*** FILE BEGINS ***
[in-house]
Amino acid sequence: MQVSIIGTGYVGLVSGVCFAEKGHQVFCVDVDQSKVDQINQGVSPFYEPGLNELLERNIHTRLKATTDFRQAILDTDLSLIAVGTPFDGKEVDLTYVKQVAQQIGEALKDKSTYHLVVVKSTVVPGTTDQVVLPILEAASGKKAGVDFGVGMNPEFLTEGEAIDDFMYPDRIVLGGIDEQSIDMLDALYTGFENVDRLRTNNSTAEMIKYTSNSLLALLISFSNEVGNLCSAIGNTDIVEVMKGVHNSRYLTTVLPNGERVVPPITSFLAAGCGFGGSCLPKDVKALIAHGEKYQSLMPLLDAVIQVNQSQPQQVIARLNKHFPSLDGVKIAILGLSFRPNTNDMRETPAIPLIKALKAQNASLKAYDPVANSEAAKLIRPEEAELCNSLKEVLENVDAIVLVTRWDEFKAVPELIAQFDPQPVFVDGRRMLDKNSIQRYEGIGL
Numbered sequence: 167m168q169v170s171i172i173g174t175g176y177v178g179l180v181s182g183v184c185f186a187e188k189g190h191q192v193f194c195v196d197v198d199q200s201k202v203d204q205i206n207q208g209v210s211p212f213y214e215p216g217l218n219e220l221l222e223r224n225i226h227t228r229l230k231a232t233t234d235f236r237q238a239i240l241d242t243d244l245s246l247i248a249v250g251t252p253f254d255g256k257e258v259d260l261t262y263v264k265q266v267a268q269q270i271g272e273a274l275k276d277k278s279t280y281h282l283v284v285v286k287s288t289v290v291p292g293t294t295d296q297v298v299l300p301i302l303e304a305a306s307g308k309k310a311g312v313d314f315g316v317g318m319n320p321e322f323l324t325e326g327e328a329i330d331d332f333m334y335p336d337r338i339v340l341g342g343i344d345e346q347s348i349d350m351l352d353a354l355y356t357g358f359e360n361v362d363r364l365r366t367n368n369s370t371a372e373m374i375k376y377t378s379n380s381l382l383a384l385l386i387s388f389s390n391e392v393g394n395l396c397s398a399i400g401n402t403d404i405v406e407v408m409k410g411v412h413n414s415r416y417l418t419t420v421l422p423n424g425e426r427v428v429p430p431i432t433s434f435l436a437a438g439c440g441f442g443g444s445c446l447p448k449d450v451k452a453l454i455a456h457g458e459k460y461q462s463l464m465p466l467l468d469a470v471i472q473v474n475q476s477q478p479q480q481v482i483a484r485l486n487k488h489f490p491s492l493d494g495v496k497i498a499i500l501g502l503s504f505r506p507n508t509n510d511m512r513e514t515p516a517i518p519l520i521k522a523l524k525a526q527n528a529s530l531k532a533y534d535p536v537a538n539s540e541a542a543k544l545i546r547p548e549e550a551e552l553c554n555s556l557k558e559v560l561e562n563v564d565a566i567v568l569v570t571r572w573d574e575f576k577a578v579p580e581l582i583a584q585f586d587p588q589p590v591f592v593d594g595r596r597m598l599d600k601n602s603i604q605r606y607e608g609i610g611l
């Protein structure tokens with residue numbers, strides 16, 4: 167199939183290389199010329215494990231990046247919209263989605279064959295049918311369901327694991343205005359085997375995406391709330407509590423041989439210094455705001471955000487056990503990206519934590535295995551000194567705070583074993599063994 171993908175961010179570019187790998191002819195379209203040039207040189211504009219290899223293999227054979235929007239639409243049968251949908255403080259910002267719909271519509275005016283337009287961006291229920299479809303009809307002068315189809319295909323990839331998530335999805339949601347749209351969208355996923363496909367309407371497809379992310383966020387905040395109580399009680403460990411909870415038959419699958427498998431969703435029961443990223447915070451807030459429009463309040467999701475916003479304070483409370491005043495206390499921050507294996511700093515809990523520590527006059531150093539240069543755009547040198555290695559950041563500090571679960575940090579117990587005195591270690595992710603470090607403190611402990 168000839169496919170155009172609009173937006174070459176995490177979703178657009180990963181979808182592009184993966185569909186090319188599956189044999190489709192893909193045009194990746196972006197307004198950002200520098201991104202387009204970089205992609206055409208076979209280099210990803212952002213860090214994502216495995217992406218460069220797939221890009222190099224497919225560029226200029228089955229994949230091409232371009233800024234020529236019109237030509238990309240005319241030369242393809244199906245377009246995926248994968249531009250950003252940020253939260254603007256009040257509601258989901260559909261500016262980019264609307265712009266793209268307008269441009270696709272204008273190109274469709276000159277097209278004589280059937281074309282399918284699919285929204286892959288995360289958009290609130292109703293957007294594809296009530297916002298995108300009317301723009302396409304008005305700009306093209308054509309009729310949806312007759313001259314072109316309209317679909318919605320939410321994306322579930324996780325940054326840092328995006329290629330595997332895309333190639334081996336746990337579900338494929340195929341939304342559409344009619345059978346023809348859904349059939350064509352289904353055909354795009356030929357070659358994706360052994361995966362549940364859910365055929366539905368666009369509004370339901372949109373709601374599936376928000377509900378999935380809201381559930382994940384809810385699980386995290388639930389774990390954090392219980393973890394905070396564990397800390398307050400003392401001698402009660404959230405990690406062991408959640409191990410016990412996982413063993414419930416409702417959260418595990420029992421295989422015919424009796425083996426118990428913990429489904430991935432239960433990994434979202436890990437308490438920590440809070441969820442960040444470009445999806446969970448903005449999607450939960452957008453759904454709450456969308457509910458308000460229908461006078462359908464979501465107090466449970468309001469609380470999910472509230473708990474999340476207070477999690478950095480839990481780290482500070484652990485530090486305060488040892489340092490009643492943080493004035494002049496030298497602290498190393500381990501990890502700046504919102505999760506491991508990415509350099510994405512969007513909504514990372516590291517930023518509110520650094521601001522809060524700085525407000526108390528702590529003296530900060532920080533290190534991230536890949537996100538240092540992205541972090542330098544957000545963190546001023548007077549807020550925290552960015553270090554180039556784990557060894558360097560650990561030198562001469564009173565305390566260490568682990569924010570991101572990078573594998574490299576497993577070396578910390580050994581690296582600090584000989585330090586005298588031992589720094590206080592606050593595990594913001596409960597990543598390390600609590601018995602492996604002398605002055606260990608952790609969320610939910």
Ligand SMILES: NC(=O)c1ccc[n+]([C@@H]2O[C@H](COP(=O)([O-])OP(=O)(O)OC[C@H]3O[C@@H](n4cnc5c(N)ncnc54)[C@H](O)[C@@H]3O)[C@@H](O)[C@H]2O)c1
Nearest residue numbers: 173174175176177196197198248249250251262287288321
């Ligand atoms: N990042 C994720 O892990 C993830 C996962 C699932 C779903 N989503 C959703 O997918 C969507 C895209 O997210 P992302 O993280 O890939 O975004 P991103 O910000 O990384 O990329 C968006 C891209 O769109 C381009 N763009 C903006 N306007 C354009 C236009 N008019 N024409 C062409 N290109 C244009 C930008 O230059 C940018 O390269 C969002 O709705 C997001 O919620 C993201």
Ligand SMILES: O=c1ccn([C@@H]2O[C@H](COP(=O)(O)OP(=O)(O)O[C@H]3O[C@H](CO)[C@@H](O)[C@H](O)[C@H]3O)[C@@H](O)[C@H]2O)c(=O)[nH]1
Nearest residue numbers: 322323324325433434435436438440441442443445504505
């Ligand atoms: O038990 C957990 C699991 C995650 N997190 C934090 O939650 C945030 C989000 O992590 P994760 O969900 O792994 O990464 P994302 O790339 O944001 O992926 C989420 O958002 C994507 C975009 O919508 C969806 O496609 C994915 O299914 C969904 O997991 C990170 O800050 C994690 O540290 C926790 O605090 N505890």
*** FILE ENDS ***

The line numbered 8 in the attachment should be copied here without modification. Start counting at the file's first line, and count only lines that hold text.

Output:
Ligand SMILES: O=c1ccn([C@@H]2O[C@H](COP(=O)(O)OP(=O)(O)O[C@H]3O[C@H](CO)[C@@H](O)[C@H](O)[C@H]3O)[C@@H](O)[C@H]2O)c(=O)[nH]1